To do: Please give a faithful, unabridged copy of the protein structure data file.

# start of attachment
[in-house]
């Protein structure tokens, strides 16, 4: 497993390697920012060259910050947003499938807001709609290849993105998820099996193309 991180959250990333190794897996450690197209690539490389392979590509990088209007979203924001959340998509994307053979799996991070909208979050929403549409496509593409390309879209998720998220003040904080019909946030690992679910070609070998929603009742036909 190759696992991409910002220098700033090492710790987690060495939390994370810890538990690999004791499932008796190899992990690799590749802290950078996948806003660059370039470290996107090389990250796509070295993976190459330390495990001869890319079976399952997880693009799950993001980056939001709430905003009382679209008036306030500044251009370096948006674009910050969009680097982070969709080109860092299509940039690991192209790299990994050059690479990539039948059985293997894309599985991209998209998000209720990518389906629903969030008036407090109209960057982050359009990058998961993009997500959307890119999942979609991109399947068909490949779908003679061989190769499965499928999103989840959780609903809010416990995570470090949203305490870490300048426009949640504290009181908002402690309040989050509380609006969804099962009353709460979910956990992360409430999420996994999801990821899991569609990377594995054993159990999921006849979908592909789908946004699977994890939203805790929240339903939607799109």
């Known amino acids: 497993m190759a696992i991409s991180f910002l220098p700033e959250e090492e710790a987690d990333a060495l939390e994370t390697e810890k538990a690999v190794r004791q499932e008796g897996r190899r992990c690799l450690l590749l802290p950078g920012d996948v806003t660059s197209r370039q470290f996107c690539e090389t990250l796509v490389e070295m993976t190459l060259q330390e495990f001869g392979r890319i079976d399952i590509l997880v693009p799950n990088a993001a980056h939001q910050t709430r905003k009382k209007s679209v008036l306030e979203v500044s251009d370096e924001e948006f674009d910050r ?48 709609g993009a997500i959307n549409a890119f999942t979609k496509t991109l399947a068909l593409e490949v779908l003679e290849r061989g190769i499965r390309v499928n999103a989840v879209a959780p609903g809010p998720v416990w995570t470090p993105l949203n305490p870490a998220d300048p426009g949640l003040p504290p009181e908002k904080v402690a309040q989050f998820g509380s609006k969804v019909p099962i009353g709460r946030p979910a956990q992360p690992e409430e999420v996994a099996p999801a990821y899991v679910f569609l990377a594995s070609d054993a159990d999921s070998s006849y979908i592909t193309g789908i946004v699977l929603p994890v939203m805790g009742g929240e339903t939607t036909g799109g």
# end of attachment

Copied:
[in-house]
């Protein structure tokens, strides 16, 4: 497993390697920012060259910050947003499938807001709609290849993105998820099996193309 991180959250990333190794897996450690197209690539490389392979590509990088209007979203924001959340998509994307053979799996991070909208979050929403549409496509593409390309879209998720998220003040904080019909946030690992679910070609070998929603009742036909 190759696992991409910002220098700033090492710790987690060495939390994370810890538990690999004791499932008796190899992990690799590749802290950078996948806003660059370039470290996107090389990250796509070295993976190459330390495990001869890319079976399952997880693009799950993001980056939001709430905003009382679209008036306030500044251009370096948006674009910050969009680097982070969709080109860092299509940039690991192209790299990994050059690479990539039948059985293997894309599985991209998209998000209720990518389906629903969030008036407090109209960057982050359009990058998961993009997500959307890119999942979609991109399947068909490949779908003679061989190769499965499928999103989840959780609903809010416990995570470090949203305490870490300048426009949640504290009181908002402690309040989050509380609006969804099962009353709460979910956990992360409430999420996994999801990821899991569609990377594995054993159990999921006849979908592909789908946004699977994890939203805790929240339903939607799109």
């Known amino acids: 497993m190759a696992i991409s991180f910002l220098p700033e959250e090492e710790a987690d990333a060495l939390e994370t390697e810890k538990a690999v190794r004791q499932e008796g897996r190899r992990c690799l450690l590749l802290p950078g920012d996948v806003t660059s197209r370039q470290f996107c690539e090389t990250l796509v490389e070295m993976t190459l060259q330390e495990f001869g392979r890319i079976d399952i590509l997880v693009p799950n990088a993001a980056h939001q910050t709430r905003k009382k209007s679209v008036l306030e979203v500044s251009d370096e924001e948006f674009d910050r ?48 709609g993009a997500i959307n549409a890119f999942t979609k496509t991109l399947a068909l593409e490949v779908l003679e290849r061989g190769i499965r390309v499928n999103a989840v879209a959780p609903g809010p998720v416990w995570t470090p993105l949203n305490p870490a998220d300048p426009g949640l003040p504290p009181e908002k904080v402690a309040q989050f998820g509380s609006k969804v019909p099962i009353g709460r946030p979910a956990q992360p690992e409430e999420v996994a099996p999801a990821y899991v679910f569609l990377a594995s070609d054993a159990d999921s070998s006849y979908i592909t193309g789908i946004v699977l929603p994890v939203m805790g009742g929240e339903t939607t036909g799109g």